The Turn of the Key by Ruth Ware

By  0 Comments

Pegged as the 21st-century Agatha Christie, British author Ruth Ware holds her own in the mystery genre. Her latest novel, The Turn of the Key, delivers with unstoppable, page-turning prose.

Reminiscent of a gothic ghost story from a bygone era, Ware’s newest protagonist, Rowan Caine, demands your attention from the opening with her letter to a lawyer she has never met, protesting her innocence. The crime is the death of a child, but readers, take heart; you won’t figure out which child until near the end of the story. Betrayal, lust, love and a gripping conclusion that keeps readers guessing—this novel encompasses it all.

An experienced nanny, Rowan answers an advertisement for a live-in that is her dream job with a generous salary. Set in the beautiful Scottish Highlands, she secures the job for a well-to-do pair of architects, Sandra and Bill Elincourt. Rowan has her own reasons for wanting this position, despite that the last four nannies left in a hurry. Her charges range in age from teenaged rebel Rhiannon to moody Maddie, eight, shy, sweet five-year-old Ellie and toddler Petra. Each girl is woven into the story like an intricate silken thread of a spider web; three harbor their own secrets and one tot with the terrible twos behavior complicates matters. Enter Jack Grant, their handsome handyman and driver with a secret of his own. Brisk and unfriendly, part-time housekeeper Jean MacKenzie appears to dislike Rowan, and we are left to ponder what secrets she may be keeping. Finally, there are the Elincourts’ two black Labrador retrievers, a pair of dogs that add just the right amount of believable chaos as events unfold.

When Rowan comes for the interview and meets the children, they appear well-behaved. Having traveled to Scotland from London, she spends the night at Heatherbrae House, the Elincourts’ renovated Victorian lodge. Part traditional, part modern, the house is tasteful and located far from the hustle and bustle of city life. The writer describes Heatherbrae House in splendid detail so the reader can picture the setting precisely. Outfitted with all the modern conveniences of a smart home, the house takes on a life of its own as a creepy character. The Happy app, which controls everything from the lighting to the doors, adds substantial suspense. You’ll feel your own frustration level rise with Rowan’s at the numerous tech glitches that happen in the book.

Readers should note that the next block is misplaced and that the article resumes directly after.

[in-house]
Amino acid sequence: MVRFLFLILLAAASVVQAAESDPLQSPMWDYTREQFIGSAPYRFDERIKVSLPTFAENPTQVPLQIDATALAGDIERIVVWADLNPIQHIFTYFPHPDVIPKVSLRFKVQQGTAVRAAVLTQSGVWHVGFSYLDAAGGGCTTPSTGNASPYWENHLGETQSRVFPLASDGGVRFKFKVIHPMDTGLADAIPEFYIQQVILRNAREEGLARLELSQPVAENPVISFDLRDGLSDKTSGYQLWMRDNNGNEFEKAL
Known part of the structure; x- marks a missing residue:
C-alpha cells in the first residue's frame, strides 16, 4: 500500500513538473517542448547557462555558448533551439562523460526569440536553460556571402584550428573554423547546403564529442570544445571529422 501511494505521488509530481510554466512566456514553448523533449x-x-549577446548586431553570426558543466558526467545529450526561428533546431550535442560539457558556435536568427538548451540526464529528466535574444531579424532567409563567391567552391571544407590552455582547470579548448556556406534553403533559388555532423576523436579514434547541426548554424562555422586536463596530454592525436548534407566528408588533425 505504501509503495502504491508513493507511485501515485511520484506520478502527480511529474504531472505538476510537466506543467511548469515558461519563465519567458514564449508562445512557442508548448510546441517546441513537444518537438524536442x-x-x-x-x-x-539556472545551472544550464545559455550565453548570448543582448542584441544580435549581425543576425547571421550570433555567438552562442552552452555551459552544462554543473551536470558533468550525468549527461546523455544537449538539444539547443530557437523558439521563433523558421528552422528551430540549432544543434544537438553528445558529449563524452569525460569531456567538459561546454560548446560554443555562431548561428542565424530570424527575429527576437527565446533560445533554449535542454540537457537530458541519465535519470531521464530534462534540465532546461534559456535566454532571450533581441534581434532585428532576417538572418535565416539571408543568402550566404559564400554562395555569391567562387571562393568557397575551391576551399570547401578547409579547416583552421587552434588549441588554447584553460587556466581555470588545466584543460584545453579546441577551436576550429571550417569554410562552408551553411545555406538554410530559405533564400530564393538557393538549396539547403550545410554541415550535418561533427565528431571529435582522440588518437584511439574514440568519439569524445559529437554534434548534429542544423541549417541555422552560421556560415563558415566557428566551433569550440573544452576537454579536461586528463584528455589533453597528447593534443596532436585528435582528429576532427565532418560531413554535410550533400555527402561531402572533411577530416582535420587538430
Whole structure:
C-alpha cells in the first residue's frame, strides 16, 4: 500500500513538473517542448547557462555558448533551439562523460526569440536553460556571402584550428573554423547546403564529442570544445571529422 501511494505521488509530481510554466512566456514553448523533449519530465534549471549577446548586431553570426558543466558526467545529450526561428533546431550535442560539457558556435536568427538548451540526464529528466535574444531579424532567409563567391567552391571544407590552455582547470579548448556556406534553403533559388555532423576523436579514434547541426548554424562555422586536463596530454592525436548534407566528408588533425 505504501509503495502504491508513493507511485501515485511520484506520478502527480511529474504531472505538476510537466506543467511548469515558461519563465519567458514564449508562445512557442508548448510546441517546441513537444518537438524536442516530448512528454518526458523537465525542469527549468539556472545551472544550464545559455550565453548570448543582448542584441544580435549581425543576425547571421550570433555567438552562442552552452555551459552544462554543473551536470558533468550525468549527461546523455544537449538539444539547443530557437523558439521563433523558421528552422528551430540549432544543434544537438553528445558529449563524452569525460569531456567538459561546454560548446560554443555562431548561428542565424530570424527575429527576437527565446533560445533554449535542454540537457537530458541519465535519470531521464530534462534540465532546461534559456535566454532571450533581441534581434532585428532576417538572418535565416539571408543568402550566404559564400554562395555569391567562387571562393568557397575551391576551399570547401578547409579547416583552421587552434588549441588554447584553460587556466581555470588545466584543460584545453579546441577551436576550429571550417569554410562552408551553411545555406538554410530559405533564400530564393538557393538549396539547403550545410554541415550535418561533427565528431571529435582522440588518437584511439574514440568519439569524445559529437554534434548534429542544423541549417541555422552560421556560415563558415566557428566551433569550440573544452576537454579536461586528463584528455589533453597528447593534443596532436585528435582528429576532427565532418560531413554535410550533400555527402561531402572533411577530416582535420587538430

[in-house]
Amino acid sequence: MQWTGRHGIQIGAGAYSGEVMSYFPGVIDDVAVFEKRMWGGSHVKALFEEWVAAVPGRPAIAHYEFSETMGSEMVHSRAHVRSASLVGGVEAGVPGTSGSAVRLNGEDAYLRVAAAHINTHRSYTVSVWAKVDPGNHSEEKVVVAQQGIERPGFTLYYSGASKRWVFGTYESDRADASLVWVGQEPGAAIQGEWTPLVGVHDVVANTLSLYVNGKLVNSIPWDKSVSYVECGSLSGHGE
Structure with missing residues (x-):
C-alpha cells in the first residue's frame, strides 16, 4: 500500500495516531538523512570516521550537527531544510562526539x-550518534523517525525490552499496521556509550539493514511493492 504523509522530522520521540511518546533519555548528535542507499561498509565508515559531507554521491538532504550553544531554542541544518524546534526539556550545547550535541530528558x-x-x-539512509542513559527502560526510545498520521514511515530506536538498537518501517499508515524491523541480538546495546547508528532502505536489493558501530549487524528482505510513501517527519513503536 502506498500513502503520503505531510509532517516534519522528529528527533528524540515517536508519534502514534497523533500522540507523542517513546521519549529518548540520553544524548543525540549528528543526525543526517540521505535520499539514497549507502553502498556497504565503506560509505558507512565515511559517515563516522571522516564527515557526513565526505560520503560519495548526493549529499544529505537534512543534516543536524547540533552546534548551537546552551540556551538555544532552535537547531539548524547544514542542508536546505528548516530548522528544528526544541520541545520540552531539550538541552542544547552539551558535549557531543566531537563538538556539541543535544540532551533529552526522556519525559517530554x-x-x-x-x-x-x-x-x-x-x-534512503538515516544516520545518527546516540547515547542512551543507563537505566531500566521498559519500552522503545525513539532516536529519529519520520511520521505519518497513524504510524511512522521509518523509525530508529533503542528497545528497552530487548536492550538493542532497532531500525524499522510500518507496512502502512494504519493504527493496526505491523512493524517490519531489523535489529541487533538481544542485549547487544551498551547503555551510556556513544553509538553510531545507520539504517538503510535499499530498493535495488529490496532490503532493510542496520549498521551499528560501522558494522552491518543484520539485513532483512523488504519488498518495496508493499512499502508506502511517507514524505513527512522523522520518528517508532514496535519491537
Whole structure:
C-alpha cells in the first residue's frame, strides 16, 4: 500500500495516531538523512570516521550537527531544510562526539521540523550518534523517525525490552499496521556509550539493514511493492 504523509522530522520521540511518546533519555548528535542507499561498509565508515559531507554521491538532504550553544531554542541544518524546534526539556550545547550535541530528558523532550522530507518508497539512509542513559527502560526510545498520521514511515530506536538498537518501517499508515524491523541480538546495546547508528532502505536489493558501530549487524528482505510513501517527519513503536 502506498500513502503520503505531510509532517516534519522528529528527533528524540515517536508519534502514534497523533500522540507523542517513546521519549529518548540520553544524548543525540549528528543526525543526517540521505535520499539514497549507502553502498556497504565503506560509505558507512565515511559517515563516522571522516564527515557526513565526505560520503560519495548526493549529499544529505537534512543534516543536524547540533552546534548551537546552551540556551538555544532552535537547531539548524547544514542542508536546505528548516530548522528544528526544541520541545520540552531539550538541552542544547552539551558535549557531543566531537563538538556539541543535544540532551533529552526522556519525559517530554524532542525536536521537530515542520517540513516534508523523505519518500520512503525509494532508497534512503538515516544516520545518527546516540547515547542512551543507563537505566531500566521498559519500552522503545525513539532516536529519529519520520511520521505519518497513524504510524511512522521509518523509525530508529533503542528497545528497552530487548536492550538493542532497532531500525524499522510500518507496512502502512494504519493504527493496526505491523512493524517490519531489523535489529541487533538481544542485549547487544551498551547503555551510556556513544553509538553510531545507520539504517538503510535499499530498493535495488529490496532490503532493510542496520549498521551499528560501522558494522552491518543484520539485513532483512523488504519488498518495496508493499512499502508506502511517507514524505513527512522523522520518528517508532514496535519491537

When Bill’s ribald advances do not prevent Rowan from accepting the job, Ware’s dialogue between them leaves the reader wondering. “Bill was one of them. He was my employer. He was my boss’s husband. And worst of all, he was…Jesus, I can’t bring myself to say it. My hands had begun to shake, and I clenched my fingers more tightly around the stem of my wineglass to try to hide it.”

Even Maddie’s off-putting goodbye at the end of the interview does not deter the protagonist from taking the position.

“Don’t come here,” she whispered, still refusing to look at me. “It’s not safe.”

“It’s not safe?” I gave a little laugh. “Maddie, what do you mean?”

“It’s not safe,” she repeated, with a little angry sob, shaking her head harder so that her words were almost lost. “They wouldn’t like it.”

Despite this hint of ghosts, Rowan reminds the reader that she is not prone to superstition or the supernatural. After all, the spectacular salary and beautiful accommodations convince her that this is the perfect job. All too soon, Rowan is left to mind the children as Sandra and Bill go away on a business trip. Ghostlike noises and pacing sounds, china dolls’ decapitated heads and a full-on malfunction of the smart home will leave you breathless as events transpire that lead to Rowan and Jack’s discovery of a boarded-up space adjoining her bedroom. Just when it seems all can be explained away, the writer throws in a steamy, tension-filled interlude between the two.

Replete with action-packed events and spooky dialogue true to a gothic horror tale, there are creepy corners, scary discoveries, a poison garden and a haunting past; all this culminates in the death of one of the four girls. Told in first-person narrative style that Ware masters, the reader is privy to many of Rowan’s feelings, thoughts and emotions. It is a whodunnit that will leave you shaking your head in disbelief. Ware, known for her mysteries that take place in a self-contained setting, has created an empathetic main character. Rowan is caught up in something larger than herself. A complicated damsel in distress, Rowan holds her own secrets. True to Ware’s other novels, there is also more than one subplot. But that doesn’t interfere with the main story line; instead, it leads to a robust conclusion that allows you, the reader, to decide the final outcome.